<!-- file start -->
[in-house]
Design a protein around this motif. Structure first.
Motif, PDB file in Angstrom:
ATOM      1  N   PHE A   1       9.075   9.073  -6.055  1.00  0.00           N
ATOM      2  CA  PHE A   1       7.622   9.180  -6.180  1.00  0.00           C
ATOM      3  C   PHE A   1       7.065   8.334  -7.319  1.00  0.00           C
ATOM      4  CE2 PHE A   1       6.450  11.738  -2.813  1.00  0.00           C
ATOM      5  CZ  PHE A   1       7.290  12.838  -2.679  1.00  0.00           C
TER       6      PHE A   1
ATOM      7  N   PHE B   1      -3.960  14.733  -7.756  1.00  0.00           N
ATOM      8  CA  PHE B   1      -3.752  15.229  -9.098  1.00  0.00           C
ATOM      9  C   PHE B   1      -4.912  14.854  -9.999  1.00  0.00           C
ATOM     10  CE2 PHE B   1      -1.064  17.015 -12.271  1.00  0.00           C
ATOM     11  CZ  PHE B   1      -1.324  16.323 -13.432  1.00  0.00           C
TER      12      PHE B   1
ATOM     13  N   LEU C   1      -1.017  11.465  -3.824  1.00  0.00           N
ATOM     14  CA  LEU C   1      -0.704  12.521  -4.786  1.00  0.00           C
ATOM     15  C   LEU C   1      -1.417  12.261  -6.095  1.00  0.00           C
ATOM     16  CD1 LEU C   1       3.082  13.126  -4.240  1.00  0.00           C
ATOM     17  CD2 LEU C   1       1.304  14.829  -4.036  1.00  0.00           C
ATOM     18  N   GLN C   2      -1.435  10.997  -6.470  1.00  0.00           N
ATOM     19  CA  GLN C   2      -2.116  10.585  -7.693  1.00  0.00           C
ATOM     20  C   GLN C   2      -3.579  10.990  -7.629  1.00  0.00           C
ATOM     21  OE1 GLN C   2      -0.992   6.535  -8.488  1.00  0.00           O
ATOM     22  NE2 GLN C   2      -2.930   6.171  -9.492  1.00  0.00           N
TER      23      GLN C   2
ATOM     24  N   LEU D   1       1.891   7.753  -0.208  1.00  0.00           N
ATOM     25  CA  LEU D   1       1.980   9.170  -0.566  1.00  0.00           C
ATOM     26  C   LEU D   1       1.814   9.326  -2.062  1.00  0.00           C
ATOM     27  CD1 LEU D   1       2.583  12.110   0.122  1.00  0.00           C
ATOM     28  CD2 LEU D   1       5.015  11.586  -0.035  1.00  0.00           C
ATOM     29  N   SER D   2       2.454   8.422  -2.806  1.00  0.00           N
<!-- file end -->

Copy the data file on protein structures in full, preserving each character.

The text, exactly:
[in-house]
Design a protein around this motif. Structure first.
Motif, PDB file in Angstrom:
ATOM      1  N   PHE A   1       9.075   9.073  -6.055  1.00  0.00           N
ATOM      2  CA  PHE A   1       7.622   9.180  -6.180  1.00  0.00           C
ATOM      3  C   PHE A   1       7.065   8.334  -7.319  1.00  0.00           C
ATOM      4  CE2 PHE A   1       6.450  11.738  -2.813  1.00  0.00           C
ATOM      5  CZ  PHE A   1       7.290  12.838  -2.679  1.00  0.00           C
TER       6      PHE A   1
ATOM      7  N   PHE B   1      -3.960  14.733  -7.756  1.00  0.00           N
ATOM      8  CA  PHE B   1      -3.752  15.229  -9.098  1.00  0.00           C
ATOM      9  C   PHE B   1      -4.912  14.854  -9.999  1.00  0.00           C
ATOM     10  CE2 PHE B   1      -1.064  17.015 -12.271  1.00  0.00           C
ATOM     11  CZ  PHE B   1      -1.324  16.323 -13.432  1.00  0.00           C
TER      12      PHE B   1
ATOM     13  N   LEU C   1      -1.017  11.465  -3.824  1.00  0.00           N
ATOM     14  CA  LEU C   1      -0.704  12.521  -4.786  1.00  0.00           C
ATOM     15  C   LEU C   1      -1.417  12.261  -6.095  1.00  0.00           C
ATOM     16  CD1 LEU C   1       3.082  13.126  -4.240  1.00  0.00           C
ATOM     17  CD2 LEU C   1       1.304  14.829  -4.036  1.00  0.00           C
ATOM     18  N   GLN C   2      -1.435  10.997  -6.470  1.00  0.00           N
ATOM     19  CA  GLN C   2      -2.116  10.585  -7.693  1.00  0.00           C
ATOM     20  C   GLN C   2      -3.579  10.990  -7.629  1.00  0.00           C
ATOM     21  OE1 GLN C   2      -0.992   6.535  -8.488  1.00  0.00           O
ATOM     22  NE2 GLN C   2      -2.930   6.171  -9.492  1.00  0.00           N
TER      23      GLN C   2
ATOM     24  N   LEU D   1       1.891   7.753  -0.208  1.00  0.00           N
ATOM     25  CA  LEU D   1       1.980   9.170  -0.566  1.00  0.00           C
ATOM     26  C   LEU D   1       1.814   9.326  -2.062  1.00  0.00           C
ATOM     27  CD1 LEU D   1       2.583  12.110   0.122  1.00  0.00           C
ATOM     28  CD2 LEU D   1       5.015  11.586  -0.035  1.00  0.00           C
ATOM     29  N   SER D   2       2.454   8.422  -2.806  1.00  0.00           N